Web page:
Many students are stuck when they see something like \frac{1}{1-e^{\frac{i\theta}{3}}} for example. They are unsure what tto do and some of them attempt to rationalise it.

Here’s a little tip to resolving all such questions. 🙂

Given 1-e^{n\theta} for n can be anything, fractional or integer, we simply factorise e^{\frac{n\theta}{2}} from the expression. Notice that 1=e^{i0} so using simple indices, this gives

e^{\frac{n\theta}{2}}(e^{\frac{-n\theta}{2}}-e^{\frac{n\theta}{2}})

Our objective of doing this is to have (e^{\frac{-n\theta}{2}}-e^{\frac{n\theta}{2}}). Now notice that this is a very familiar form, its z^{*}-z form which gives us -2iy=-2isin{\theta} for this case! Isn’t that convenient!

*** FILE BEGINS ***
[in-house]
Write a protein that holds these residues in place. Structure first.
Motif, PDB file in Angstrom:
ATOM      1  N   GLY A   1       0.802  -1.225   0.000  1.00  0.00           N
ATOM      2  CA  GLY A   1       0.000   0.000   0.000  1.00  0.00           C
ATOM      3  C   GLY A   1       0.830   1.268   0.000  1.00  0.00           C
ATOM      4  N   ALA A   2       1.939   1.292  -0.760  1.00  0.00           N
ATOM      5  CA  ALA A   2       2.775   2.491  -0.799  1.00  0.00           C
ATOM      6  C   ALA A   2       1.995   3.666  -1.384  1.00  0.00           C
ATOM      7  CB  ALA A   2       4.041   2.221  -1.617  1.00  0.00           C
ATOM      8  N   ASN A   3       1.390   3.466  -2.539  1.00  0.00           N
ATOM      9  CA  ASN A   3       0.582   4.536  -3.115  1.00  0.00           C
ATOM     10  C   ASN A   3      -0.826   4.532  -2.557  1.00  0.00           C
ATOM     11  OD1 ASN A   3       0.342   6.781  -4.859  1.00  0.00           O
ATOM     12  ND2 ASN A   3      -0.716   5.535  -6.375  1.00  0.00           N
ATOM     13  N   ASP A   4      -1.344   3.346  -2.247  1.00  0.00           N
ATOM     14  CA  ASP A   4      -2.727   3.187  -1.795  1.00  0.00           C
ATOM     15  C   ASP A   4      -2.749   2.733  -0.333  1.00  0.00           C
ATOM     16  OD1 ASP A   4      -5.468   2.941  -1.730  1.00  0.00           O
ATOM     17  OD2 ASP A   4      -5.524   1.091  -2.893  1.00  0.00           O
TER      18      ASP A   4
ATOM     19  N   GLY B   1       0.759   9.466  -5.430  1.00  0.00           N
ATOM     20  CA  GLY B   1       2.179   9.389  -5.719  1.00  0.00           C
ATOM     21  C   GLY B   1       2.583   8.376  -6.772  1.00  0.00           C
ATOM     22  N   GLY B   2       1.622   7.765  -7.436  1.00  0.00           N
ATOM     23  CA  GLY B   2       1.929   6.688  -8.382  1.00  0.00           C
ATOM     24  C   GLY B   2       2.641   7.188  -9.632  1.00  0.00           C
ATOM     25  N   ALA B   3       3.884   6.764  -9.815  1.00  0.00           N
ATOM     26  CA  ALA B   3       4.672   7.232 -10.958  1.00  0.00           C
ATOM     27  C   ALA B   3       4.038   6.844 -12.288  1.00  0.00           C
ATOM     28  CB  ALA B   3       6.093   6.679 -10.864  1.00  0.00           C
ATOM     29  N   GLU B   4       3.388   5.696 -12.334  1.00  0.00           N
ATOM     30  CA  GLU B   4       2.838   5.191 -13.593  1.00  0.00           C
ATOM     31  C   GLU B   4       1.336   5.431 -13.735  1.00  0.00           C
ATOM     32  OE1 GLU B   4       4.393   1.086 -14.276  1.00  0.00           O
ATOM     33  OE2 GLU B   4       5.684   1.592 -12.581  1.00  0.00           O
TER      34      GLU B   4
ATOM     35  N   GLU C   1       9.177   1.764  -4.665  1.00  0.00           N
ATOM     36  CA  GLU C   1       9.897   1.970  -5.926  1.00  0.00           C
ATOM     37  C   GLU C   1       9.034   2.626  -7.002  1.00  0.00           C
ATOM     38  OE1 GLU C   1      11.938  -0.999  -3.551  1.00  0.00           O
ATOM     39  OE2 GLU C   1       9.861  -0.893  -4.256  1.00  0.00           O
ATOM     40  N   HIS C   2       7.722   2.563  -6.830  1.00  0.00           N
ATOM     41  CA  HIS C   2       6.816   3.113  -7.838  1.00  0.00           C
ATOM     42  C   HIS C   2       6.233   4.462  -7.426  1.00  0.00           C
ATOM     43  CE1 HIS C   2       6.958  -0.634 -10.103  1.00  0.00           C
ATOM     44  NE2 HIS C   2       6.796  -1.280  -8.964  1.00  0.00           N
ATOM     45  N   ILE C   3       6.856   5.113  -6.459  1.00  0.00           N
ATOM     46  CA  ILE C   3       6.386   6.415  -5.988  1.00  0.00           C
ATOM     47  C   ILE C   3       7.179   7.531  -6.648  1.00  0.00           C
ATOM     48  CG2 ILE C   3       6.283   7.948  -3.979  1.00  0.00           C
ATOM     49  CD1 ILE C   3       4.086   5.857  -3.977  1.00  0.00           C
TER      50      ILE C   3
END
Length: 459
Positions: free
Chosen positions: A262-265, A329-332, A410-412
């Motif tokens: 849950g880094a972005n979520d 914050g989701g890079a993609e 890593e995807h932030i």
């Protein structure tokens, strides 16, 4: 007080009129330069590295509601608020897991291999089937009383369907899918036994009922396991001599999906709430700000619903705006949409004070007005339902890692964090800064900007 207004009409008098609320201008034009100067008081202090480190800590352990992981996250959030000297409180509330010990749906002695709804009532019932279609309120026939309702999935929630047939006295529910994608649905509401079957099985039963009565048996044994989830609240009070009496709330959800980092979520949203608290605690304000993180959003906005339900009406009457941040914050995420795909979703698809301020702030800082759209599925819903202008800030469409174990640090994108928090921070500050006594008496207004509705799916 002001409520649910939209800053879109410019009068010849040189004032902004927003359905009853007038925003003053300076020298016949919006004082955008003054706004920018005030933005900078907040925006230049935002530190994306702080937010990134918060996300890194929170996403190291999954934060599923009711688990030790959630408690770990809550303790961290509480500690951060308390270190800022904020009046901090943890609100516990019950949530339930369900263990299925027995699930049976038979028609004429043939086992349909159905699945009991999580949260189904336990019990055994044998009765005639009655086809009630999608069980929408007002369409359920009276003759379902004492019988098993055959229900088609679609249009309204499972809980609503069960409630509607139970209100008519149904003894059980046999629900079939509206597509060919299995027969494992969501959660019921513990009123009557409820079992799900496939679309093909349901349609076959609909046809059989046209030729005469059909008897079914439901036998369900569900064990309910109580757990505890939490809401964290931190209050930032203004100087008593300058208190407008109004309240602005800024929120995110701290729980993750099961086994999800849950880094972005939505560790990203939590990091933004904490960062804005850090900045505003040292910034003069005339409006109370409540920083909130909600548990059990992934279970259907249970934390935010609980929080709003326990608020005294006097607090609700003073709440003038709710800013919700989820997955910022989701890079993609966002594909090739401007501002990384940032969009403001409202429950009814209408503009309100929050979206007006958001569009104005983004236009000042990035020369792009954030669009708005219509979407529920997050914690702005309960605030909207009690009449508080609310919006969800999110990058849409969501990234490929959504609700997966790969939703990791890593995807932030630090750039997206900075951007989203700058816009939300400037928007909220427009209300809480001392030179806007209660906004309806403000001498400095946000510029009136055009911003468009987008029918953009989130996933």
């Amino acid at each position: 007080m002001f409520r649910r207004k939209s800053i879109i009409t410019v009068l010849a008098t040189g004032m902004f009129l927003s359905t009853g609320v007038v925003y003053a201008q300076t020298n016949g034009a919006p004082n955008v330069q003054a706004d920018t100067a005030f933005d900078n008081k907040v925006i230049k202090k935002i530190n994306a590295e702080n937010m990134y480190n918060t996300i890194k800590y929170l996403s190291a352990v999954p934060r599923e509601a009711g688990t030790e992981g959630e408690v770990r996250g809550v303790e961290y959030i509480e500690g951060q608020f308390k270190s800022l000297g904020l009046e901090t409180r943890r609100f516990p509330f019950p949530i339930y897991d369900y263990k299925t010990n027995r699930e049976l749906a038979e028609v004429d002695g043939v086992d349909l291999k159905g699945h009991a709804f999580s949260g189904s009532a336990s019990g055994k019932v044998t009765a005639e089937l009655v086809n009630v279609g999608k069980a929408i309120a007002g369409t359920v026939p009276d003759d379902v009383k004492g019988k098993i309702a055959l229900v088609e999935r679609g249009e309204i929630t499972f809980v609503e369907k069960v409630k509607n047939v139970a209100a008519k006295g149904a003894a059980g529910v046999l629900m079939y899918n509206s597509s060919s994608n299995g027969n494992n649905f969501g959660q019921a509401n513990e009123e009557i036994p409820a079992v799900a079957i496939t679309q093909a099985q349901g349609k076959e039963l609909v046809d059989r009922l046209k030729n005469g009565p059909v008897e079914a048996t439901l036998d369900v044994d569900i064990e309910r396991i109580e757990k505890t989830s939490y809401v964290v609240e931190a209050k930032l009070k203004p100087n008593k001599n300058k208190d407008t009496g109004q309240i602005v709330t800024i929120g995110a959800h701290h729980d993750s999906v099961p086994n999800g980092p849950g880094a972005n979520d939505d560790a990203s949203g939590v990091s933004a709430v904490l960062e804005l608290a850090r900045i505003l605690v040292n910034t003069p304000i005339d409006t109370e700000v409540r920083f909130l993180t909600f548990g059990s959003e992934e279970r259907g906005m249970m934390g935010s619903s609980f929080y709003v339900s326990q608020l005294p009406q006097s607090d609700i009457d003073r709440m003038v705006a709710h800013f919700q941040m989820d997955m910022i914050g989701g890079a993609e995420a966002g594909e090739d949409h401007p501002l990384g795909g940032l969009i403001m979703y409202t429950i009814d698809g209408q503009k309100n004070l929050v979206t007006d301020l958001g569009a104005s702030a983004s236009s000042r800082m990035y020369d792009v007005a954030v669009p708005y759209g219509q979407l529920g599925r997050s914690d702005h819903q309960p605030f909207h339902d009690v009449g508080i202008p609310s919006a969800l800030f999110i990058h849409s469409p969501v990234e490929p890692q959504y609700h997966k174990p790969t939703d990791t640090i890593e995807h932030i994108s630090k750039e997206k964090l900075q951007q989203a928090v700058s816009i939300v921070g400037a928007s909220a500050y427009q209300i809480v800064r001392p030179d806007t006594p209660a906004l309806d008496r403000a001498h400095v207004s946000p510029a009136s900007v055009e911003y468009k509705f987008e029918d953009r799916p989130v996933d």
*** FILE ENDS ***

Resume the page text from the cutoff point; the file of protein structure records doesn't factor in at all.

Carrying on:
e^{\frac{n\theta}{2}}(e^{\frac{-n\theta}{2}}-e^{\frac{n\theta}{2}})

=(cos{\frac{n\theta}{2}}+isin{\frac{n\theta}{2}})(-2isin{\frac{n\theta}{2}})

=-2isin{\frac{n\theta}{2}}cos{\frac{n\theta}{2}}-2isin{\frac{n\theta}{2}}isin{\frac{n\theta}{2}}

=-isin{n\theta}+2sin{\frac{n\theta}{2}}sin{\frac{n\theta}{2}}

=-isin{n\theta}+2sin^{2}{\frac{n\theta}{2}}

After some manipulation, we find the following result. In the event, have a fraction like one above, we still start with the same method. Hope this helps!

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